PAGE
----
He applied the “Page 69 Test” to his new novel, The Tehran Conviction, and reported the following:
If you opened to page 69 of The Tehran Conviction, you might wonder why the main character, Jack Teller, feels the need for a quick dip in a cold tub after the sultry Leyla sneaks out of his hotel room in the middle of the night. But you wouldn’t get much else out of the six lines at the end of Chapter 9, so perhaps you’d turn to page 70, were you might wonder what on earth Jack’s Iranian driver is trying to say when he quotes one of his many pearls of wisdom …Browse inside The Tehran Conviction, and learn more about the author and his Jack Telller novels at Tom Gabbay's website.
“Marriage is like the uncut watermelon,” he said, catching my eye in the rearview mirror.
Jack has no idea what the adage means, either, but he’s been in Tehran six weeks now – long enough to become accustomed to talking across the culture gap. As an operative for the newly formed CIA, Jack’s task within Operation Ajax is to befriend Yari Fatemi, a high-ranking government official, and the invitation to a family wedding is the first sign that he’s breaking through the relentless wall of politeness that has characterized their relationship so far. It isn’t until several weeks later, when the two men have formed a bond, that Jack faces the choice of betraying his friend or his country.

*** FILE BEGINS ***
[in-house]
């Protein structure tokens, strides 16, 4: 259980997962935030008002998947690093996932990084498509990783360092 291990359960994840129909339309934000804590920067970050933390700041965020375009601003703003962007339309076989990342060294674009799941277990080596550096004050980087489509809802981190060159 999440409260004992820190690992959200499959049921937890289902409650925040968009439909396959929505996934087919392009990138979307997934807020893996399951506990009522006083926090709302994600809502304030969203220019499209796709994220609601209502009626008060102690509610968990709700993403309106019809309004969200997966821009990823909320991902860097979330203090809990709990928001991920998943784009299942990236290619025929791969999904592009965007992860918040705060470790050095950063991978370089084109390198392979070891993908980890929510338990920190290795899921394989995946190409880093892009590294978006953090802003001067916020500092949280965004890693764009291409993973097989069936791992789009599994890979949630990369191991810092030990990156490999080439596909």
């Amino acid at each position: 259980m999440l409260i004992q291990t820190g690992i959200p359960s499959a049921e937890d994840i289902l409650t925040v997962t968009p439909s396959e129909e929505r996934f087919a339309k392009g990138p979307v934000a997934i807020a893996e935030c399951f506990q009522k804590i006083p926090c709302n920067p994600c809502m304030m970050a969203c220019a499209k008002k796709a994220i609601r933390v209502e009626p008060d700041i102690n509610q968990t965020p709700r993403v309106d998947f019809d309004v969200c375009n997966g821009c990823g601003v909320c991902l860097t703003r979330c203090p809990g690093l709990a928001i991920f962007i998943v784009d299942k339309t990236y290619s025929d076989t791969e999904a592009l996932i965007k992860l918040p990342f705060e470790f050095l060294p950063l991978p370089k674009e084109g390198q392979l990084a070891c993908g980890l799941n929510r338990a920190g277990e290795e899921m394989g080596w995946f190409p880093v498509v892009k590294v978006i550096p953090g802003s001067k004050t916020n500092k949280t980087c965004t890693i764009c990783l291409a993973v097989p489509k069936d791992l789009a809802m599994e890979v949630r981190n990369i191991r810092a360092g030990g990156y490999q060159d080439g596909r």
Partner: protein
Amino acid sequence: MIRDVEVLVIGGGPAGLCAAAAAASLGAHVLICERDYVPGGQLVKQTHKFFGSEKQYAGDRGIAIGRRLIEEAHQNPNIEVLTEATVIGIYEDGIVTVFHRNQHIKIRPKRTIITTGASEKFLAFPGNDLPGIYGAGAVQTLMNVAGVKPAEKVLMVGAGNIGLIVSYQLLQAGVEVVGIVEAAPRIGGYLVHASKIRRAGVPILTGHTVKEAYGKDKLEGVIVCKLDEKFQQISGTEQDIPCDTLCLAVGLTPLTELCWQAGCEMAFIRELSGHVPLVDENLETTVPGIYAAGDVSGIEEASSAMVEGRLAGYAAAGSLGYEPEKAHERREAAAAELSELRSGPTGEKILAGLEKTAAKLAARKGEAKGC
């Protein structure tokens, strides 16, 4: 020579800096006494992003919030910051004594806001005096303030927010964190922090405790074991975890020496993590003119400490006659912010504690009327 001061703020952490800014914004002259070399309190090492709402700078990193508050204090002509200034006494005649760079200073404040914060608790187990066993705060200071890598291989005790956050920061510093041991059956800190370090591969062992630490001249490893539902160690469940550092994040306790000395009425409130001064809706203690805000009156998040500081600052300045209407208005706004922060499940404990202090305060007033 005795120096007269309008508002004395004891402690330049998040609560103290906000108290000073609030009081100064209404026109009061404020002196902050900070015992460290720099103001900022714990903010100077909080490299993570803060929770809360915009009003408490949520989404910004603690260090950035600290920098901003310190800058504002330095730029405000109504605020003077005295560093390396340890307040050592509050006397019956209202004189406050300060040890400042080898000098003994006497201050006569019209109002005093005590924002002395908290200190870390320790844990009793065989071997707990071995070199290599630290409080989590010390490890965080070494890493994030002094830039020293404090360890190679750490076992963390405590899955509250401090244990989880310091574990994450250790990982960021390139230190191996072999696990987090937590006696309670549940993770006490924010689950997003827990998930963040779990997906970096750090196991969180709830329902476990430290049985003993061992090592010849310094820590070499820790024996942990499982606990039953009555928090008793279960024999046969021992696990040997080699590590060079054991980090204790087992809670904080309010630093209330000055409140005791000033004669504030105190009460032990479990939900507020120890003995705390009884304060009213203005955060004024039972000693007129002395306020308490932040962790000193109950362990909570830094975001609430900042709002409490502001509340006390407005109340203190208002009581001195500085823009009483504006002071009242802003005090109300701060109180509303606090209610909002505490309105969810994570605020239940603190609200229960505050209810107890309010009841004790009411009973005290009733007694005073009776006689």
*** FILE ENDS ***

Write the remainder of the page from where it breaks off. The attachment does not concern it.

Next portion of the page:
Jack carries the decision he makes with him throughout his life until, one day, twenty-six years later, he is presented with an opportunity to redeem himself.
The Page 69 Test: The Lisbon Crossing.
Check out the complete list of books in the Page 69 Test Series.